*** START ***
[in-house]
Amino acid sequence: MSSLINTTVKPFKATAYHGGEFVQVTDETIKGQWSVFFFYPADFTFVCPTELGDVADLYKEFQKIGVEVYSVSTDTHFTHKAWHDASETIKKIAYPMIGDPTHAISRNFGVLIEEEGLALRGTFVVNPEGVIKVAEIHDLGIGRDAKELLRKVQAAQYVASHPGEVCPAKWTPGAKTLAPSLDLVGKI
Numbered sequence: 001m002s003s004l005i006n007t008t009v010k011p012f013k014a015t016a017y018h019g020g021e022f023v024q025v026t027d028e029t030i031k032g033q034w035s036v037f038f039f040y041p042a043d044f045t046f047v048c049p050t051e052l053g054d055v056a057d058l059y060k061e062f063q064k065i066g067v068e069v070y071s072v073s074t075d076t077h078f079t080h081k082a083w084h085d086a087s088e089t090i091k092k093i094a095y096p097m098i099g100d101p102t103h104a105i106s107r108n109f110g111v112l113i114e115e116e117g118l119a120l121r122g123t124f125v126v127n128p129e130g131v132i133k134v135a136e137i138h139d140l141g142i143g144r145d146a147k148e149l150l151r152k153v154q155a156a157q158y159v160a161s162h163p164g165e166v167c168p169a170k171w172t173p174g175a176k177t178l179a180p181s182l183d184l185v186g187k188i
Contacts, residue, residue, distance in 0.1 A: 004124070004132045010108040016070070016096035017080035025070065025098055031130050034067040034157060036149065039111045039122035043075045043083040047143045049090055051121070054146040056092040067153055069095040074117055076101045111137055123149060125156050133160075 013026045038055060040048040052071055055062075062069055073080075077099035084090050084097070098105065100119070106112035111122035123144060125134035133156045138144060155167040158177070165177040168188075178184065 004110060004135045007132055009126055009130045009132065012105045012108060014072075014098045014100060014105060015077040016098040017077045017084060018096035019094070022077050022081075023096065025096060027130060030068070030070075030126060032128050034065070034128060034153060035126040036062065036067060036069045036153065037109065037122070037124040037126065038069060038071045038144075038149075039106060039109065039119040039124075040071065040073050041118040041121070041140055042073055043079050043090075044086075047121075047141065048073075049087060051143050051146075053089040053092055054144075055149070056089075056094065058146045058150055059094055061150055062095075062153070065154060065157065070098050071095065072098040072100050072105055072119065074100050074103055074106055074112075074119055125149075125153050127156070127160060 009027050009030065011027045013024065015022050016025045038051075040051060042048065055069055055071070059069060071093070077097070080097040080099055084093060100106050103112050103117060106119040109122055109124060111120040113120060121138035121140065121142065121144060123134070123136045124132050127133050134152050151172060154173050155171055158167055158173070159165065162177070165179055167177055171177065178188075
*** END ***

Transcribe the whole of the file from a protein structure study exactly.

[in-house]
Amino acid sequence: MSSLINTTVKPFKATAYHGGEFVQVTDETIKGQWSVFFFYPADFTFVCPTELGDVADLYKEFQKIGVEVYSVSTDTHFTHKAWHDASETIKKIAYPMIGDPTHAISRNFGVLIEEEGLALRGTFVVNPEGVIKVAEIHDLGIGRDAKELLRKVQAAQYVASHPGEVCPAKWTPGAKTLAPSLDLVGKI
Numbered sequence: 001m002s003s004l005i006n007t008t009v010k011p012f013k014a015t016a017y018h019g020g021e022f023v024q025v026t027d028e029t030i031k032g033q034w035s036v037f038f039f040y041p042a043d044f045t046f047v048c049p050t051e052l053g054d055v056a057d058l059y060k061e062f063q064k065i066g067v068e069v070y071s072v073s074t075d076t077h078f079t080h081k082a083w084h085d086a087s088e089t090i091k092k093i094a095y096p097m098i099g100d101p102t103h104a105i106s107r108n109f110g111v112l113i114e115e116e117g118l119a120l121r122g123t124f125v126v127n128p129e130g131v132i133k134v135a136e137i138h139d140l141g142i143g144r145d146a147k148e149l150l151r152k153v154q155a156a157q158y159v160a161s162h163p164g165e166v167c168p169a170k171w172t173p174g175a176k177t178l179a180p181s182l183d184l185v186g187k188i
Contacts, residue, residue, distance in 0.1 A: 004124070004132045010108040016070070016096035017080035025070065025098055031130050034067040034157060036149065039111045039122035043075045043083040047143045049090055051121070054146040056092040067153055069095040074117055076101045111137055123149060125156050133160075 013026045038055060040048040052071055055062075062069055073080075077099035084090050084097070098105065100119070106112035111122035123144060125134035133156045138144060155167040158177070165177040168188075178184065 004110060004135045007132055009126055009130045009132065012105045012108060014072075014098045014100060014105060015077040016098040017077045017084060018096035019094070022077050022081075023096065025096060027130060030068070030070075030126060032128050034065070034128060034153060035126040036062065036067060036069045036153065037109065037122070037124040037126065038069060038071045038144075038149075039106060039109065039119040039124075040071065040073050041118040041121070041140055042073055043079050043090075044086075047121075047141065048073075049087060051143050051146075053089040053092055054144075055149070056089075056094065058146045058150055059094055061150055062095075062153070065154060065157065070098050071095065072098040072100050072105055072119065074100050074103055074106055074112075074119055125149075125153050127156070127160060 009027050009030065011027045013024065015022050016025045038051075040051060042048065055069055055071070059069060071093070077097070080097040080099055084093060100106050103112050103117060106119040109122055109124060111120040113120060121138035121140065121142065121144060123134070123136045124132050127133050134152050151172060154173050155171055158167055158173070159165065162177070165179055167177055171177065178188075